Radon is a cancer-causing, radioactive gas. You cannot see, smell or taste radon, but it may be a problem in your home. Radon is the result/byproduct of the natural decay of Radium in soil, rock, and water, and enters the home from below. Radium is also a daughter or progeny nuclide of Uranium. The EPA urges every homeowner to have radon inspections performed if your buying or selling a home.
Is It Dangerous?
The U.S. Surgeon General has warned that radon is the second leading cause of lung cancer in the U.S. today. Radon can be a problem in all types of homes and has been found in homes in every state.
Why Should I Be Concerned?
While radon is harmless in the low levels found outdoors, when it seeps into a home it can become concentrated in levels high enough to put residents at risk. Radon gas is measured in picocuries per liter (pCi/L), and the EPA recommends radon mitigation for all homes with radon gas levels of 4 pCi/L or higher. Radon gas is slightly heavier than air, so while it settles in basements and crawl spaces, whole-house HVAC systems have a tendency to distribute the gas throughout the entire home. That means even a second story could potentially contain high levels of radon.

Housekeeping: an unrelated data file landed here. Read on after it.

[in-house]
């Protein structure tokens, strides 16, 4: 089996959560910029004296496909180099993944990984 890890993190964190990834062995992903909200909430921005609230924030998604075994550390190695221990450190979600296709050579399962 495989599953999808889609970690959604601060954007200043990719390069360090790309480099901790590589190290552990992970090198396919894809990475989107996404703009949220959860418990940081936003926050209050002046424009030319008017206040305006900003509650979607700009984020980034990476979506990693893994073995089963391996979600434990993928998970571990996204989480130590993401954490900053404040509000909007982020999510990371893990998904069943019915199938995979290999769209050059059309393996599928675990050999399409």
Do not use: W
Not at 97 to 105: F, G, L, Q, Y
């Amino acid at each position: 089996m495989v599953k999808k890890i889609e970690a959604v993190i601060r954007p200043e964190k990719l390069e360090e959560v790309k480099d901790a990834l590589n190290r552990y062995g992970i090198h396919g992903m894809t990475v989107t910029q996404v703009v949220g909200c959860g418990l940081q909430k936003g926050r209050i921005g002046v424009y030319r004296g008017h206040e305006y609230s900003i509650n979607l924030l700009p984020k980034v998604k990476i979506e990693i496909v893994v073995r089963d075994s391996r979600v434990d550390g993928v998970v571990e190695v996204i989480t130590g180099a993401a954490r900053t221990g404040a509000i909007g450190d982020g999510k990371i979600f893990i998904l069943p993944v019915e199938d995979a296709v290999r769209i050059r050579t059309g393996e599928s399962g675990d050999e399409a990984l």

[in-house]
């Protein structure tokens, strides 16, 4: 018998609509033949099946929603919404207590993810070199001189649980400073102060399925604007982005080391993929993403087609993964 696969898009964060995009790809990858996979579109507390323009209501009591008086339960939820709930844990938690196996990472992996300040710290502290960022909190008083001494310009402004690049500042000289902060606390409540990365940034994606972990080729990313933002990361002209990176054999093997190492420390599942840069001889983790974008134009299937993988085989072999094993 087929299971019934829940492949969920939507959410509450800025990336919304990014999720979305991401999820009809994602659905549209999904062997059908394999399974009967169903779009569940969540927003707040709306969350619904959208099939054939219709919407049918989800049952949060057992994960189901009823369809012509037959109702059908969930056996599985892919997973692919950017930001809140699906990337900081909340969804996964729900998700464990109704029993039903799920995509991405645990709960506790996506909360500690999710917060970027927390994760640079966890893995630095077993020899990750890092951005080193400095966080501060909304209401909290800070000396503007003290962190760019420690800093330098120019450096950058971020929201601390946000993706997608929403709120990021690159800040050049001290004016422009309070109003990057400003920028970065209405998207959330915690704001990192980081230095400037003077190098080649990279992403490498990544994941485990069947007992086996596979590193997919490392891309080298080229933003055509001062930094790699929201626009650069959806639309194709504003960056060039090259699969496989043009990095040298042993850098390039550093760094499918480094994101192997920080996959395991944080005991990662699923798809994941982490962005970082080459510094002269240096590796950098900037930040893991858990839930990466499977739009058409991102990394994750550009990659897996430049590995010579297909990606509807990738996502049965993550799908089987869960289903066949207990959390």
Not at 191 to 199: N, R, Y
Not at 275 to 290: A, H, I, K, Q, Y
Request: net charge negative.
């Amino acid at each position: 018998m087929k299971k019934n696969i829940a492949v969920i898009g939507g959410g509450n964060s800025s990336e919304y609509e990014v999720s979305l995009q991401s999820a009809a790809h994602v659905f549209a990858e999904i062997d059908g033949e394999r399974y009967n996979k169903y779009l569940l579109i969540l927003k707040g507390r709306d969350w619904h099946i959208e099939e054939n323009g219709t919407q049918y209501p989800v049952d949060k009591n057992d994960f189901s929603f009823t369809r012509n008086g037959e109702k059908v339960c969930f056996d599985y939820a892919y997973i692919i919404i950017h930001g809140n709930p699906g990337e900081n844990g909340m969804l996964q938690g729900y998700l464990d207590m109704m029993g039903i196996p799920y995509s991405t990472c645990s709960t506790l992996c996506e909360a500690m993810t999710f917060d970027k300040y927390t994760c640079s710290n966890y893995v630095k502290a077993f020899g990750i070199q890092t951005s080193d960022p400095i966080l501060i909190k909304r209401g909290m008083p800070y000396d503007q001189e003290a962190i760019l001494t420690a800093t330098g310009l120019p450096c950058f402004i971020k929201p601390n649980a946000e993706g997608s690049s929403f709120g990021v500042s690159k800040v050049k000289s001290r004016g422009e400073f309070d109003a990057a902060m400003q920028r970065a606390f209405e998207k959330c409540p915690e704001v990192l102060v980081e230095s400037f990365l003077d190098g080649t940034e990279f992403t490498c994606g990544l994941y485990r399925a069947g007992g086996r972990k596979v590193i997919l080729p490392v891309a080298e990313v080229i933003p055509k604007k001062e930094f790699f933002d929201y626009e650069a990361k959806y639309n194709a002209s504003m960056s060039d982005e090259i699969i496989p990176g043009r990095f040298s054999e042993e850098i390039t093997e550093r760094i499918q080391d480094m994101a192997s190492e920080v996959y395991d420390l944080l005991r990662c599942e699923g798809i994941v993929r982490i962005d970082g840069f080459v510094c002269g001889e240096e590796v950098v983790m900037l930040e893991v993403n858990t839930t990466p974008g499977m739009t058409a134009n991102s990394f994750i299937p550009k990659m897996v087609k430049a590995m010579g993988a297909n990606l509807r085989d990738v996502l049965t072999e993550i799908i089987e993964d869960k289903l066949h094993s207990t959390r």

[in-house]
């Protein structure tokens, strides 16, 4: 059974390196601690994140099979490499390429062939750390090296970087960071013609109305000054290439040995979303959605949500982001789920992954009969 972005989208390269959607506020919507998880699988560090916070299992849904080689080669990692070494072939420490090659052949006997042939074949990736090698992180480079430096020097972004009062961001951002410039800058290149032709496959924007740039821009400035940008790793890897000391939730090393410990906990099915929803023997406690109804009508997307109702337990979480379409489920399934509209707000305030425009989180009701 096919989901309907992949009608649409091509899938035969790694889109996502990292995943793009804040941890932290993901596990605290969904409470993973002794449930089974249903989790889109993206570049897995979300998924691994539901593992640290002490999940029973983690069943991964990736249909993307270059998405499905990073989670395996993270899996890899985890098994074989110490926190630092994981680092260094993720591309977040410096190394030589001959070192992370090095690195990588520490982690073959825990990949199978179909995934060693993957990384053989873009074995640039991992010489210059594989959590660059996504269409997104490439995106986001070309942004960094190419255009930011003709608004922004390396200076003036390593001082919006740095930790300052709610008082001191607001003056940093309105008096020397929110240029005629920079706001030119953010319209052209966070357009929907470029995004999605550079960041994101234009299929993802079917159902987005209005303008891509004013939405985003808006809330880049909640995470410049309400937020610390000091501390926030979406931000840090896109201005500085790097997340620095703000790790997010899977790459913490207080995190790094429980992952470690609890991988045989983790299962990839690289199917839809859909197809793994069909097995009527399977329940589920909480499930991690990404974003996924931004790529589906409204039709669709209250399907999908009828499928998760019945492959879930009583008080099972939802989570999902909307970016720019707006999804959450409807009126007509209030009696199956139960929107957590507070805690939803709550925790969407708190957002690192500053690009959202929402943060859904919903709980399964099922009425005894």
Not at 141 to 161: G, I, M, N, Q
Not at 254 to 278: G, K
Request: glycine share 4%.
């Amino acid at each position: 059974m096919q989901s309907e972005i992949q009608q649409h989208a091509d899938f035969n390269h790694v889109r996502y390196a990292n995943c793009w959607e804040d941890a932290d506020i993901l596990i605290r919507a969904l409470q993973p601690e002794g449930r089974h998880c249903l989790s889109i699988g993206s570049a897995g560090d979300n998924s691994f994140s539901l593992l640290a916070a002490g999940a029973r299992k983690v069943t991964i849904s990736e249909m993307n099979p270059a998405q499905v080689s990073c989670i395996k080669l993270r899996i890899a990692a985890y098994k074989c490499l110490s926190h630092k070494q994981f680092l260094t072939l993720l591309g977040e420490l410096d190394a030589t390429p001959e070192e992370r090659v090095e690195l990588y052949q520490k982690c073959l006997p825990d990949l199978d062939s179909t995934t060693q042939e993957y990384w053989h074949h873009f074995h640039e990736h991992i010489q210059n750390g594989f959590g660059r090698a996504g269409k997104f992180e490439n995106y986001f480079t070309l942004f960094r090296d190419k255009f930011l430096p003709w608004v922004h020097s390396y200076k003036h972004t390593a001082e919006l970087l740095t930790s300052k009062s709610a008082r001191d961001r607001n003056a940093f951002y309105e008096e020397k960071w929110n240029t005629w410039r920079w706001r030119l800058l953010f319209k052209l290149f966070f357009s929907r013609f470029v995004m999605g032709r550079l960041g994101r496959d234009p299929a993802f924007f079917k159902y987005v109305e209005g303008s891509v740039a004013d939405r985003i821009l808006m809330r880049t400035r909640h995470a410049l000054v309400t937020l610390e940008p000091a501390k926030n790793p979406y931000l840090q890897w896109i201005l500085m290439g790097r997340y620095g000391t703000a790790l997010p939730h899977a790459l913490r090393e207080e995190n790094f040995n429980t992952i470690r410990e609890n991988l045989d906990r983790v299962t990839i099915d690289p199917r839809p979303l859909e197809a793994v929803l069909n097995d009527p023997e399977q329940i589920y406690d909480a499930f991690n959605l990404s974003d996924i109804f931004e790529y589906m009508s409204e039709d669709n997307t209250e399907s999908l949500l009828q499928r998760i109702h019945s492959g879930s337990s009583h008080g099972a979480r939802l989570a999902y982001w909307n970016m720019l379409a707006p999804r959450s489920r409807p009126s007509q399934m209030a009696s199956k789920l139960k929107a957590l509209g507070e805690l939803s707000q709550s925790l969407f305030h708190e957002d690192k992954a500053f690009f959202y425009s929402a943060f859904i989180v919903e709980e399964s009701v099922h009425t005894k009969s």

All outdoor and indoor air has some radon in it. Radon can build up in the air in any home or building whether it has a basement, is sealed or drafty, or is new or old. There is no known safe level of radon and you should always aim to have the lowest level. The U.S. Environmental Protection Agency (EPA) recommends fixing your home if radon levels are above 4 picCuries per liter of air (pCi/L).
Radon is the second leading cause of lung cancer after cigarette smoking. The EPA and the Surgeon General’s office estimate radon is responsible for more than 21,000 lung cancer deaths each year in the United States.
When you breathe in radon, radioactive particles from the decay of radon gas can get trapped in your lungs. It takes many years for lung cancer to develop. Most people don’t have symptoms until lung cancer is advanced and at that point it is harder to treat. For these reasons, it is important to take steps to reduce radon exposure throughout your life to help prevent lung cancer.
Factors that increase your risk of getting lung cancer from radon include the following:
Currently, no conclusive data show whether children are at greater risk than adults from radon.
There are areas throughout the Chattanooga Tri-State area and NW Georgia, Dalton, Cohutta that produce high levels of Radon Gas. Our home inspector can perform Radon Testing in your new home using ultra-sensitive radon detection technology to ensure the safety of you and your family prior to purchasing your new home. Call us today to perform a Radon Test in your home!
OnPoint Property Inspections, LLC
Cohutta GA 30710
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